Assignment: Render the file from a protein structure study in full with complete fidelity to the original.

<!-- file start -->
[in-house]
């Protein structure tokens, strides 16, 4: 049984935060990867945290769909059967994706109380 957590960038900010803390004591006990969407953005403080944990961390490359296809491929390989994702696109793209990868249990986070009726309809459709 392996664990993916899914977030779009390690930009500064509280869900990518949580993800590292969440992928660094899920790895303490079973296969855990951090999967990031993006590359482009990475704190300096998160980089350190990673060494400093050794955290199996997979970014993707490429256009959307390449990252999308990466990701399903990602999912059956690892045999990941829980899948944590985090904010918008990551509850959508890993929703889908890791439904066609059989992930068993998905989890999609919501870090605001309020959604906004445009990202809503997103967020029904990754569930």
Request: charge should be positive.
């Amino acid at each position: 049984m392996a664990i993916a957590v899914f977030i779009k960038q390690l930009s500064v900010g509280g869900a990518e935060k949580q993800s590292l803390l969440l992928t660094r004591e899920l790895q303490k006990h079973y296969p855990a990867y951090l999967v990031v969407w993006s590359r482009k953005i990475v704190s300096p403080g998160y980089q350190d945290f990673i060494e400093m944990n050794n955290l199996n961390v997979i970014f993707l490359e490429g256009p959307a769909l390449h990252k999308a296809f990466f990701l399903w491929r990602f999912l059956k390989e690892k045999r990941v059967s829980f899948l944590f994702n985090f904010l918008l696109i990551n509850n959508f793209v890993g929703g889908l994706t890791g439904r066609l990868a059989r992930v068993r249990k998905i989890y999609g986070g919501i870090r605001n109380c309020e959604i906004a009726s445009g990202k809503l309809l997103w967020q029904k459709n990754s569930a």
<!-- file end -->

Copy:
[in-house]
């Protein structure tokens, strides 16, 4: 049984935060990867945290769909059967994706109380 957590960038900010803390004591006990969407953005403080944990961390490359296809491929390989994702696109793209990868249990986070009726309809459709 392996664990993916899914977030779009390690930009500064509280869900990518949580993800590292969440992928660094899920790895303490079973296969855990951090999967990031993006590359482009990475704190300096998160980089350190990673060494400093050794955290199996997979970014993707490429256009959307390449990252999308990466990701399903990602999912059956690892045999990941829980899948944590985090904010918008990551509850959508890993929703889908890791439904066609059989992930068993998905989890999609919501870090605001309020959604906004445009990202809503997103967020029904990754569930």
Request: charge should be positive.
């Amino acid at each position: 049984m392996a664990i993916a957590v899914f977030i779009k960038q390690l930009s500064v900010g509280g869900a990518e935060k949580q993800s590292l803390l969440l992928t660094r004591e899920l790895q303490k006990h079973y296969p855990a990867y951090l999967v990031v969407w993006s590359r482009k953005i990475v704190s300096p403080g998160y980089q350190d945290f990673i060494e400093m944990n050794n955290l199996n961390v997979i970014f993707l490359e490429g256009p959307a769909l390449h990252k999308a296809f990466f990701l399903w491929r990602f999912l059956k390989e690892k045999r990941v059967s829980f899948l944590f994702n985090f904010l918008l696109i990551n509850n959508f793209v890993g929703g889908l994706t890791g439904r066609l990868a059989r992930v068993r249990k998905i989890y999609g986070g919501i870090r605001n109380c309020e959604i906004a009726s445009g990202k809503l309809l997103w967020q029904k459709n990754s569930a």